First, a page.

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In our news wrap Monday, the U.S. Food and Drug Administration gave full approval to Moderna's vaccine against COVID-19, a federal judge rejects a plea deal on hate crimes charges for the man who killed Ahmaud Arbery, six historically Black universities contend with bomb threats, California moves to dismantle its death row, and the first Black NHL player will receive the Congressional Gold Medal.
The United States called again today for North Korea to stop firing missiles after its most powerful weapons test since 2017. On Sunday, Pyongyang launched a missile that can reach Guam, a U.S. territory some 2,100 miles away from North Korea.
We will return to this after the news summary.
The United Arab Emirates says it intercepted a missile today that was fired by rebels in Yemen. It was the third such attack in three weeks. UAE defense video showed warplanes destroying the missile launcher afterward. But the rebels claimed success anyway. UAE forces are fighting in Yemen against the rebels, who are backed by Iran.
On the pandemic, the U.S. Food and Drug Administration gave full approval today to Moderna's vaccine against COVID-19. It's been administered so far under an emergency authorization. Pfizer's vaccine won full approval last August.
Britain's Prime Minister Boris Johnson has apologized again for office parties during the COVID lockdown in 2020. An investigation report today found what it called failures of leadership and judgment. Johnson told the House of Commons that he accepts the findings, and he said — quote — "I get it and I will fix it."
Boris Johnson, British Prime Minister:
It isn't enough to say sorry. This is a moment when we must look ourselves in the mirror and we must learn.
This doesn't need to wait for the police investigations to be concluded. That is why we are making changes now in the way Downing Street and the Cabinet Office run.
At the same time, the prime minister again dismissed calls that he step down.
Northern Europe is reeling after powerful winter storms killed four people and did widespread damage over the weekend. Winds of 100 miles an hour and driving rain blasted Scotland and the Scandinavian countries, toppling trees and destroying homes. Thousands were still without electricity today.
Back in this country, New England and parts of the Northeast spent another day digging out from a weekend blizzard. In the Boston suburbs, temperatures rose slightly, as plows and shovelers returned to streets. Some parts of Massachusetts saw more than 2.5 feet of snow.
A federal judge in Georgia today rejected a hate crimes agreement in the Ahmaud Arbery killing last year. Travis McMichael and his father are now doing life in state prison for chasing and murdering Arbery. The hate crimes deal would send them to federal prison, where conditions are better, for 30 years. But Arbery's parents denounced the agreement.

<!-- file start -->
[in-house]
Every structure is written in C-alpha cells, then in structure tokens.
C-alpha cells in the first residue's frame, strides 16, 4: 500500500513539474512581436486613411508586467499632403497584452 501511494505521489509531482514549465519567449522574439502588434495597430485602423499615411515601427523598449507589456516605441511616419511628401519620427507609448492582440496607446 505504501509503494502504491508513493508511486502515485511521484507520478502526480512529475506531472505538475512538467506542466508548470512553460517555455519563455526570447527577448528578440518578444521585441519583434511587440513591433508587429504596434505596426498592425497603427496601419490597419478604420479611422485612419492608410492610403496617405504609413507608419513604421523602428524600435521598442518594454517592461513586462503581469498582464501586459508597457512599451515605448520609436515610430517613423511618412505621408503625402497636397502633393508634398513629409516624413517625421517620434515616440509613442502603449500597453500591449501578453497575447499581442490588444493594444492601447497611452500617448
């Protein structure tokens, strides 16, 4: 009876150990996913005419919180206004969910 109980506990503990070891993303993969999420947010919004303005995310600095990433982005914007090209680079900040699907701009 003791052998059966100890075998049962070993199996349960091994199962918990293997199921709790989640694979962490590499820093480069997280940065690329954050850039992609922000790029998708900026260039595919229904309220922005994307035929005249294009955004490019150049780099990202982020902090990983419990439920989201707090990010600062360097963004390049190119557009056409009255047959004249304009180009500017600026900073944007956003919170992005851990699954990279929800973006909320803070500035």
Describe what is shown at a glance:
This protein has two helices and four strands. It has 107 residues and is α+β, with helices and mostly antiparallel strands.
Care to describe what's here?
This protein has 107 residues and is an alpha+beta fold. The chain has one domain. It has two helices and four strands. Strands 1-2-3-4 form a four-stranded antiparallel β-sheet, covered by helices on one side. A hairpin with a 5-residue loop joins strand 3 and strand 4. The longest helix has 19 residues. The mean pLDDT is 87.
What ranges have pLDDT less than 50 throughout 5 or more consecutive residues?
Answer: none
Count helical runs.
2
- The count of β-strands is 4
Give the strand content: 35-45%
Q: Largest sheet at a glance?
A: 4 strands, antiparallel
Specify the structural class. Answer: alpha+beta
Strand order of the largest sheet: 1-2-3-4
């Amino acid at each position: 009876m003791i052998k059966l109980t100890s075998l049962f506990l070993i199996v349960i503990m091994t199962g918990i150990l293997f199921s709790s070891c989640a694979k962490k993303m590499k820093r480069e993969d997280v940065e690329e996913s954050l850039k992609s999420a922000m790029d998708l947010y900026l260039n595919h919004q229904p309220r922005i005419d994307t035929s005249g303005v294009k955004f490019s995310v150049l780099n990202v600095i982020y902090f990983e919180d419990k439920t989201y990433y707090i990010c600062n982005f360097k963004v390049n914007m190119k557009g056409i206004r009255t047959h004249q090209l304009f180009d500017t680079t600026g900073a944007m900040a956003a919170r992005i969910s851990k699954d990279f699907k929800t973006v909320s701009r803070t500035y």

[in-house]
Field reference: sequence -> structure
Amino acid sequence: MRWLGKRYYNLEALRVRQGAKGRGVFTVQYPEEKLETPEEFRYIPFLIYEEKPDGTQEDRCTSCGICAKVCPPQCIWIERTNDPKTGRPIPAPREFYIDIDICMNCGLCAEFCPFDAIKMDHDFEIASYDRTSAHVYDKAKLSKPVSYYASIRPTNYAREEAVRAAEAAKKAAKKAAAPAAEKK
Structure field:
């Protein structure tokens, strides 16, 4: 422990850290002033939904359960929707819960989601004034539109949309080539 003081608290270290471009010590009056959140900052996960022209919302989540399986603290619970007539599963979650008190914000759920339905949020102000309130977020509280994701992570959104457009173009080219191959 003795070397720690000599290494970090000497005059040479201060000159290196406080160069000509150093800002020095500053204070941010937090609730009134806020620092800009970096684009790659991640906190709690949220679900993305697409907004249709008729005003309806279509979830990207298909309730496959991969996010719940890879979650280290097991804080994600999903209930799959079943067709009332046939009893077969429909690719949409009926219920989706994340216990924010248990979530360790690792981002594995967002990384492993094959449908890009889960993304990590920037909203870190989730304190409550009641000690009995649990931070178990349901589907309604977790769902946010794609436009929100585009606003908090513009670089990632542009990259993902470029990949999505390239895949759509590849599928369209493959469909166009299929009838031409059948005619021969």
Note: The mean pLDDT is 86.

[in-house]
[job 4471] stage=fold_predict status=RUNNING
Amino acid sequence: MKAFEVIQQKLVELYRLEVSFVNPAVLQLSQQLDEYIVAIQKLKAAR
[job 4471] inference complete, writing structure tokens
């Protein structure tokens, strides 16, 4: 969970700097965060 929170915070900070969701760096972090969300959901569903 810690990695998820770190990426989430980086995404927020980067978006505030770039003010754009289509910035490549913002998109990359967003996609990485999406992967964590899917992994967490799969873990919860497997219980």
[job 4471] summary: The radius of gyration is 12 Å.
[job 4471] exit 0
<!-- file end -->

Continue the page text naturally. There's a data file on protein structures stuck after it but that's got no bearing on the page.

Marcus Abery, Father of Ahmaud Arbery: We want 100 percent justice, not no half-justice, because you have to think. If an average American man would have did a white man like that, they would try to kill him on the spot. So, we want 100 percent justice, me and Ahmaud and my family.
The McMichaels have until Friday to decide their next move. A third man convicted in the Arbery murder is not party to the plea agreement.
At least six historically Black universities scrambled to deal with bomb threats today for the second time this month. Several of the schools locked down their campuses for a time. There was no indication of any bombs being found.
California is moving to dismantle its death row, the nation's largest, within two years. It's now located at San Quentin state prison. Governor Gavin Newsom outlined plans today to transfer condemned inmates to other sites and to merge them into the general prison population.
On Wall Street, major stock indexes scored gains of 1 to 3 percent. The Dow Jones industrial average added 406 points to close near 35132. The Nasdaq rose 469 points. The S&P 500 added 83. But, for the entire month of January, the S&P fell 5 percent, the Nasdaq plunged 9 percent, the Dow dropped 3 percent.
And Willie O'Ree, the first Black player in the National Hockey League, will receive the Congressional Gold Medal. President Biden signed a bill today awarding him the nation's highest civilian honor. O'Ree broke the NHL's color barrier in 1958 and played two seasons with the Boston Bruins. He still serves as a league ambassador for diversity.
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